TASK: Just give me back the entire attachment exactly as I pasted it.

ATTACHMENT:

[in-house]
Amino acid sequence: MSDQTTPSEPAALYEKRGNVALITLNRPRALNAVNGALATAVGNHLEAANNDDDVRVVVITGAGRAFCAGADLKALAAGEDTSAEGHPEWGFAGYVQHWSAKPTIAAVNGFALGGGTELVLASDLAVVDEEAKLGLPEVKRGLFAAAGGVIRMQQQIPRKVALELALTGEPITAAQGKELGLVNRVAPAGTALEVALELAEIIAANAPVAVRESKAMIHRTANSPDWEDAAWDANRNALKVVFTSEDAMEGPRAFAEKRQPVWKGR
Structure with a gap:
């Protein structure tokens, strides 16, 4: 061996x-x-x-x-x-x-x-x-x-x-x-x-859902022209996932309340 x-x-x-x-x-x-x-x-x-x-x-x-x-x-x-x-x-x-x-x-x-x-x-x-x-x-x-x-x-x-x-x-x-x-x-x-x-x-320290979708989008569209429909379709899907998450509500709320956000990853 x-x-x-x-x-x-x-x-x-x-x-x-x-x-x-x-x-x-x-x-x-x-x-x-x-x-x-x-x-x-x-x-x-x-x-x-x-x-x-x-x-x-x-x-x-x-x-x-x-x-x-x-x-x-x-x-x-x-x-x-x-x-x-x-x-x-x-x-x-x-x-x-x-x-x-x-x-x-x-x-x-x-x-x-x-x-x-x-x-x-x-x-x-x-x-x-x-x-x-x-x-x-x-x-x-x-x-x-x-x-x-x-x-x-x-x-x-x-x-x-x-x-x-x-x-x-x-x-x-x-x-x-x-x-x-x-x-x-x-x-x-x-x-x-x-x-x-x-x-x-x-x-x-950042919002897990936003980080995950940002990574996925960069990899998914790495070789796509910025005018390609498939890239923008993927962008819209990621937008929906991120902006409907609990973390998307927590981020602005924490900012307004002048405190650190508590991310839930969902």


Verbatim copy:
[in-house]
Amino acid sequence: MSDQTTPSEPAALYEKRGNVALITLNRPRALNAVNGALATAVGNHLEAANNDDDVRVVVITGAGRAFCAGADLKALAAGEDTSAEGHPEWGFAGYVQHWSAKPTIAAVNGFALGGGTELVLASDLAVVDEEAKLGLPEVKRGLFAAAGGVIRMQQQIPRKVALELALTGEPITAAQGKELGLVNRVAPAGTALEVALELAEIIAANAPVAVRESKAMIHRTANSPDWEDAAWDANRNALKVVFTSEDAMEGPRAFAEKRQPVWKGR
Structure with a gap:
């Protein structure tokens, strides 16, 4: 061996x-x-x-x-x-x-x-x-x-x-x-x-859902022209996932309340 x-x-x-x-x-x-x-x-x-x-x-x-x-x-x-x-x-x-x-x-x-x-x-x-x-x-x-x-x-x-x-x-x-x-x-x-x-x-320290979708989008569209429909379709899907998450509500709320956000990853 x-x-x-x-x-x-x-x-x-x-x-x-x-x-x-x-x-x-x-x-x-x-x-x-x-x-x-x-x-x-x-x-x-x-x-x-x-x-x-x-x-x-x-x-x-x-x-x-x-x-x-x-x-x-x-x-x-x-x-x-x-x-x-x-x-x-x-x-x-x-x-x-x-x-x-x-x-x-x-x-x-x-x-x-x-x-x-x-x-x-x-x-x-x-x-x-x-x-x-x-x-x-x-x-x-x-x-x-x-x-x-x-x-x-x-x-x-x-x-x-x-x-x-x-x-x-x-x-x-x-x-x-x-x-x-x-x-x-x-x-x-x-x-x-x-x-x-x-x-x-x-x-x-950042919002897990936003980080995950940002990574996925960069990899998914790495070789796509910025005018390609498939890239923008993927962008819209990621937008929906991120902006409907609990973390998307927590981020602005924490900012307004002048405190650190508590991310839930969902």